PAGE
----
- Arrive Early. Arriving in the office 15-60 minutes before the majority of other people in your department is a key step. When I started to arrive at the office at 8:30 or 8:00 in the morning, I found it was easier to focus and get the rest of the day under control.
- Make Coffee/Tea. In my office, the login process to the corporate network takes several minutes to complete. I like to make a cup of coffee or tea in the morning while that process is underway. Of course, other drinks such as a glass of water are also a great choice.
- Plan 3 Wins. I learned this practice from using The 5 Minute Journal last year and it makes a major difference. Imagine you are at the end of the work day: what are three concrete wins that would make for a productive day? Limiting yourself to three points makes it easy to manage. If you’re not sure where to begin, I suggest reviewing your annual objectives and design tasks that align to those objectives.
- Review Today’s Calendar. A brief review of your calendar will early in the day will help you to get ready for important meetings. Of course, your calendar is more than a list of meetings. I recommend noting reminders for yourself, especially for following up with other people and reminders to make progress on large tasks.
- Achieve Morning Email Inbox Zero. Perfecting the art of sorting through your email inbox quickly takes practice. I use a simple system to keep this under control. Emails from “VIPs” (e.g. managers and executives) get attention first and often create tasks. Information bulletins, notices and reports are usually filed away. To further improve your email skills, read 12 Ways To Use Email Better.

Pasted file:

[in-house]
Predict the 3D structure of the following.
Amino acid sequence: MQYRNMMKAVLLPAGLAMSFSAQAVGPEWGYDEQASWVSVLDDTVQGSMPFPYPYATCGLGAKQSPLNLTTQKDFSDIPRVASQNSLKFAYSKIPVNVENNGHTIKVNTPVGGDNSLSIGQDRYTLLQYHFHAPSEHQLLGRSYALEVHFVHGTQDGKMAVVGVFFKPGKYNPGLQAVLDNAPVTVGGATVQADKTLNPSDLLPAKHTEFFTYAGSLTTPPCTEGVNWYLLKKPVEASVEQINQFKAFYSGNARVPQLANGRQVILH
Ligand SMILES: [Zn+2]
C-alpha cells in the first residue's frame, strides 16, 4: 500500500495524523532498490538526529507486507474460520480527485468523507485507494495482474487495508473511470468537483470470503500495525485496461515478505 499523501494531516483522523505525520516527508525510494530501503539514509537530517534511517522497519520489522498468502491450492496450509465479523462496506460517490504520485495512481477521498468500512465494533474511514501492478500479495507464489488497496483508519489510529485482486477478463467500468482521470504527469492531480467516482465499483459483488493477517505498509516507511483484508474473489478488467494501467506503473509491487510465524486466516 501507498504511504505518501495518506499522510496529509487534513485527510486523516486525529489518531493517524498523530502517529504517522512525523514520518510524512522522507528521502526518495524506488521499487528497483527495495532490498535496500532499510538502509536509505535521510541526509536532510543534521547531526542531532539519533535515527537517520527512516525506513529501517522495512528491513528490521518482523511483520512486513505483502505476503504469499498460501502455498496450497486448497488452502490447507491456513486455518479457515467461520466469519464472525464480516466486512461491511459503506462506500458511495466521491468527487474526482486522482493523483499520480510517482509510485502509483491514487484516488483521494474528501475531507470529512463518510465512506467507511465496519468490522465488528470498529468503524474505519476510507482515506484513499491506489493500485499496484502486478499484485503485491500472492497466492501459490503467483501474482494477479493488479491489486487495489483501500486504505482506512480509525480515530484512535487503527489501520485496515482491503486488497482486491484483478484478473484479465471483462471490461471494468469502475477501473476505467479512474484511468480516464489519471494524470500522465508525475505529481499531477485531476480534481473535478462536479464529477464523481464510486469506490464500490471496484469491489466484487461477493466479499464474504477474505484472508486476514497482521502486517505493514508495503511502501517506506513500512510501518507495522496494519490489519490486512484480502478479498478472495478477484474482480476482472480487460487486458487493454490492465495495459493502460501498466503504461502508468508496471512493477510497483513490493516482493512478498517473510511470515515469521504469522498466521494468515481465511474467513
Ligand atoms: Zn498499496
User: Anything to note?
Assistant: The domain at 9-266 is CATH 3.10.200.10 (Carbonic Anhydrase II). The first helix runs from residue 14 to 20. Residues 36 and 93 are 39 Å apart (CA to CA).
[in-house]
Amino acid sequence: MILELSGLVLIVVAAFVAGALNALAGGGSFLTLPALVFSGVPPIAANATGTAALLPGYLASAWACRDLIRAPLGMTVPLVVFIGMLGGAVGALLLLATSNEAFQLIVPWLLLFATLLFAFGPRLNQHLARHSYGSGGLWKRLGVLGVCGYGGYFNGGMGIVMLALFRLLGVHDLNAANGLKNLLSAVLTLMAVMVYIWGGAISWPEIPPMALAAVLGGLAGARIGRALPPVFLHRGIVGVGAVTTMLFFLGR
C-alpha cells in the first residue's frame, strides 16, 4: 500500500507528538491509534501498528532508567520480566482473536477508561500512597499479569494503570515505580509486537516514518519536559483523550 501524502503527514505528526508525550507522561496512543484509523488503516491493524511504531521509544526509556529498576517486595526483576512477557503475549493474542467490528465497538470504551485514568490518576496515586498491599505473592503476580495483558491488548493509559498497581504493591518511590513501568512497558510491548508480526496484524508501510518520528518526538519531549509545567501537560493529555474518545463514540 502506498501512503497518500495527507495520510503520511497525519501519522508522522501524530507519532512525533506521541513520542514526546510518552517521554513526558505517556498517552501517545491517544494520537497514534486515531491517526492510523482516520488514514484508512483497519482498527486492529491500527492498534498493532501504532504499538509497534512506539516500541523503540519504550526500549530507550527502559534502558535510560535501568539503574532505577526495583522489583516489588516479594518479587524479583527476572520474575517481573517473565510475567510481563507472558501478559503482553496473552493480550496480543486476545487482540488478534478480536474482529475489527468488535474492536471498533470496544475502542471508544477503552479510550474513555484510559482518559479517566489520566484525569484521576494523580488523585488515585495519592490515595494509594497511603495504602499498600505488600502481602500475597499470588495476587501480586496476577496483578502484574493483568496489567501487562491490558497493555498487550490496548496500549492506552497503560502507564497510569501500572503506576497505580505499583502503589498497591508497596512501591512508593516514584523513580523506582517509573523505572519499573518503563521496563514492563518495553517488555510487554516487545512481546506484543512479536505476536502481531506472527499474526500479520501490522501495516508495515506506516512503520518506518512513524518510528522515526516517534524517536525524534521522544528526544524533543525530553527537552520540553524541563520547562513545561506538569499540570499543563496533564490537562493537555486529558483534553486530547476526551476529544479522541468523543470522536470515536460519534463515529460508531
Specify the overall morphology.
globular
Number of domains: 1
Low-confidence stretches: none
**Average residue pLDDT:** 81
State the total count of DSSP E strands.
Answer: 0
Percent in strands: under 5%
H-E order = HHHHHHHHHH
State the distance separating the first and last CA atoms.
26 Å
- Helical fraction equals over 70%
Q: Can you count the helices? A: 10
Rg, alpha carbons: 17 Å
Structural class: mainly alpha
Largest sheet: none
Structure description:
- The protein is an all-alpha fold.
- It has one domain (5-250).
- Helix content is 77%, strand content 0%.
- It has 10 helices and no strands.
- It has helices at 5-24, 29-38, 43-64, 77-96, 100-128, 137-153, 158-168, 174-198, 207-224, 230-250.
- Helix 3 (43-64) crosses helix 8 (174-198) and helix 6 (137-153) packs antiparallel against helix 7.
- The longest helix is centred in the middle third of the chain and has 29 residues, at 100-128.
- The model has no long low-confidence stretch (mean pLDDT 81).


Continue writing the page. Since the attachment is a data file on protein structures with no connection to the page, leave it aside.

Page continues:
- Enjoy A Small Reward. Taking a few minutes to enjoy a small morning reward makes the whole process more appealing. Given the limits of the office environment, you have a few options. Reading something you enjoy (e.g. 2-3 pages from your current book, your favorite blog or newspaper) is one move. You can also take a walk around the floor to say hi to a friend.
Further Reading On Morning Routines.
There is a growing field of productivity authors and experts who have covered the topic of effective morning routines. Explore these resources to continue your journey to effective morning routines and habits.
The 5 AM Miracle by Jeff Sanders. Sanders’s runs a podcast and has published a book based on his morning routine. He does good work on linking an early morning practice to goals and productivity.
The Miracle Morning by Hal Elrod. This was the first book I read that explored and defined the morning routine concept in detail. Elrod explains a multi-part process to creating an effective morning. I have used parts of the process (e.g. reading and exercise) and find it valuable.
My Morning Routine. This website collects and publishes morning routines from a variety of people in different professions. Here are some samples to give you a sense of the website: YUKO SHIMIZU (an artist and teacher based in New York), IVANKA TRUMP (real estate executive), and RYAN HOLIDAY (best-selling author and marketing expert).